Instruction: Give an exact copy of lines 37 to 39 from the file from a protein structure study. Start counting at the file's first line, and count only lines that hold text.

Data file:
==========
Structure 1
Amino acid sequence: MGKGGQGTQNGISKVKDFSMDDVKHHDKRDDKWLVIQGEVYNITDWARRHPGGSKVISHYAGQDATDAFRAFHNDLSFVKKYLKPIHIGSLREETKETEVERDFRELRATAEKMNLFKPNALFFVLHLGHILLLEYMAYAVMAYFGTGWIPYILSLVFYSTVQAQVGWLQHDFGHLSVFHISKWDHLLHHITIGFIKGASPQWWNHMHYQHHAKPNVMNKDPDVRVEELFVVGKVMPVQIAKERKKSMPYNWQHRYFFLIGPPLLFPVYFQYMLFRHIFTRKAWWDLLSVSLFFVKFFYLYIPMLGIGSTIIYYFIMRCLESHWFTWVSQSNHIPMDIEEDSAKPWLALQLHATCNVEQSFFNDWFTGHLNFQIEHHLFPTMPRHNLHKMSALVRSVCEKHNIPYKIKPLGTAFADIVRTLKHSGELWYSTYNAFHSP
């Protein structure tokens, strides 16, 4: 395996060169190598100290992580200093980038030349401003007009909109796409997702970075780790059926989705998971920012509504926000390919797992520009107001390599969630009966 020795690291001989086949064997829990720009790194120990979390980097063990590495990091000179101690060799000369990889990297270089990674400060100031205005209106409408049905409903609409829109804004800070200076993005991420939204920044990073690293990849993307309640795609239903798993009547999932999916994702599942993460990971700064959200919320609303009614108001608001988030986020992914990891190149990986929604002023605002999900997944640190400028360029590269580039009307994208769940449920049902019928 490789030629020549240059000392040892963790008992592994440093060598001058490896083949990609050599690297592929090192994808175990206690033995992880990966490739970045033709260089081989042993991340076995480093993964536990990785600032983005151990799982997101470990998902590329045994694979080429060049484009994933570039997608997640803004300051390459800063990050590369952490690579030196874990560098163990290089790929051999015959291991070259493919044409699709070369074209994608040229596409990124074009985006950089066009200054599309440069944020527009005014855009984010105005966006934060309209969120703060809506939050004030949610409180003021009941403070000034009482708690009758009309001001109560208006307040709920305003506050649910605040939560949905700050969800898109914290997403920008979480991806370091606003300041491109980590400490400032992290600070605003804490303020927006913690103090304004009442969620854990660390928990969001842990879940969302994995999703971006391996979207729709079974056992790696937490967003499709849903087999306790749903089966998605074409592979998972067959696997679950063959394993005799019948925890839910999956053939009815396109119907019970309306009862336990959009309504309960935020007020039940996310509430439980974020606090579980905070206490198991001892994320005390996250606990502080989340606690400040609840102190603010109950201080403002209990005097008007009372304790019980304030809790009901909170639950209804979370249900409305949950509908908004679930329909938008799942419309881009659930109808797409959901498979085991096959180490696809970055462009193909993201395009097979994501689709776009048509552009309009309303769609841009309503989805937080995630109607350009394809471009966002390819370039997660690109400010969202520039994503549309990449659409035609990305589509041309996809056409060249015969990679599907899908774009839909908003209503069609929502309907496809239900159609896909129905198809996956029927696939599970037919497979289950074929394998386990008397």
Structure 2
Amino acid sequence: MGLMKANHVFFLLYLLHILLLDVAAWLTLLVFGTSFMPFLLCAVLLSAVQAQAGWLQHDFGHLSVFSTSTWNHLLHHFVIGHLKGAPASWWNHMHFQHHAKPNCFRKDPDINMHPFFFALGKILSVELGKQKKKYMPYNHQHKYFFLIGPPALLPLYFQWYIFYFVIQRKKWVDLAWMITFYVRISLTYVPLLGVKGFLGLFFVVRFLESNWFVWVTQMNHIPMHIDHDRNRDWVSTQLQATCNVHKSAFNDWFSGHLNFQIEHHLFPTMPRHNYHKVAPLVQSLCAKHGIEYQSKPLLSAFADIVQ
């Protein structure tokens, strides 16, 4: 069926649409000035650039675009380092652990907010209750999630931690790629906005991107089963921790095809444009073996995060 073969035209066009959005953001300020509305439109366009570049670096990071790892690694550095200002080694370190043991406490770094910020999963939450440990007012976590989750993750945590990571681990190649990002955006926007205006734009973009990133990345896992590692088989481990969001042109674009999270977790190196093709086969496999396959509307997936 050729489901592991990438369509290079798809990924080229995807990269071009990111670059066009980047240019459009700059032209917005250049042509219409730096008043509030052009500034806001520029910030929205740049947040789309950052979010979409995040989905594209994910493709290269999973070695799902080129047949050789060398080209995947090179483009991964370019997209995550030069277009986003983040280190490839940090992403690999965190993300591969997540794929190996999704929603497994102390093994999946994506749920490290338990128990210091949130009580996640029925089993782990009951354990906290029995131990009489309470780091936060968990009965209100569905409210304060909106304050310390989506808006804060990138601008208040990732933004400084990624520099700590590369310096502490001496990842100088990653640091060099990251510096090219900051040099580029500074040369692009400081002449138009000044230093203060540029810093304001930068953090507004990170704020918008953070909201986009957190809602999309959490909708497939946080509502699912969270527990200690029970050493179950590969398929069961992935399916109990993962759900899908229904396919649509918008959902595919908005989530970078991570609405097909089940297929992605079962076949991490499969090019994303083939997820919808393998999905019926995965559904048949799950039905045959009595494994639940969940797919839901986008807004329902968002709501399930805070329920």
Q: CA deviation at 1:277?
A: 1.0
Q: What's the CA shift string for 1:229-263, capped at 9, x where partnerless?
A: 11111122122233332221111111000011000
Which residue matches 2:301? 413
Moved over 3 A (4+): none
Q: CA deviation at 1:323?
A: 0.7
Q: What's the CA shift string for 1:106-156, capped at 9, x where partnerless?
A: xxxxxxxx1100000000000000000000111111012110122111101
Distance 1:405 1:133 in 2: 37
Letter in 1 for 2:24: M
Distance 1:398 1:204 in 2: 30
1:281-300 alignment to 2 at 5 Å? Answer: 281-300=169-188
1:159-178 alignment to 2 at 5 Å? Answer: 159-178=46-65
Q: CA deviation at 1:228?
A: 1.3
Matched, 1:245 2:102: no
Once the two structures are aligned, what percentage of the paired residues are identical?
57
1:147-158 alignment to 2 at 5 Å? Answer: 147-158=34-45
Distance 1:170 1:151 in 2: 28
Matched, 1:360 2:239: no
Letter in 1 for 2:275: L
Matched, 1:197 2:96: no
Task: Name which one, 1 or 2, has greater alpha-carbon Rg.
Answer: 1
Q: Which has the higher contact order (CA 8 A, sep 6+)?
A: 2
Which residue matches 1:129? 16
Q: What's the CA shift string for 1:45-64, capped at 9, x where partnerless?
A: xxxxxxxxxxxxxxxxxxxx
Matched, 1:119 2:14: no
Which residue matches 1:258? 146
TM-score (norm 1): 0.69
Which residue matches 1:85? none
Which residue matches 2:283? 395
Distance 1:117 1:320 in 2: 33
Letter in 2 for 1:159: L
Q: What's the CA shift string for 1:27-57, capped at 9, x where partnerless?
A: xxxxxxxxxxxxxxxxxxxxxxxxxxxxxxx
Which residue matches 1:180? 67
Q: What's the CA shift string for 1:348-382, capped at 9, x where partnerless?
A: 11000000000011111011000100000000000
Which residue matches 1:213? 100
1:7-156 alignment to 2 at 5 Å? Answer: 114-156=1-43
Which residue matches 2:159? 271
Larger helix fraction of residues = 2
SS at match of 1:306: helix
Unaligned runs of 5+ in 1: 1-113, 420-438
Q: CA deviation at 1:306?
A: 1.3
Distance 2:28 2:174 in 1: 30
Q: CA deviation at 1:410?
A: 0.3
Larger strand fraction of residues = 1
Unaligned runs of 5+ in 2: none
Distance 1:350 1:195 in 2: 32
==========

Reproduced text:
Q: What's the CA shift string for 1:45-64, capped at 9, x where partnerless?
A: xxxxxxxxxxxxxxxxxxxx
Matched, 1:119 2:14: no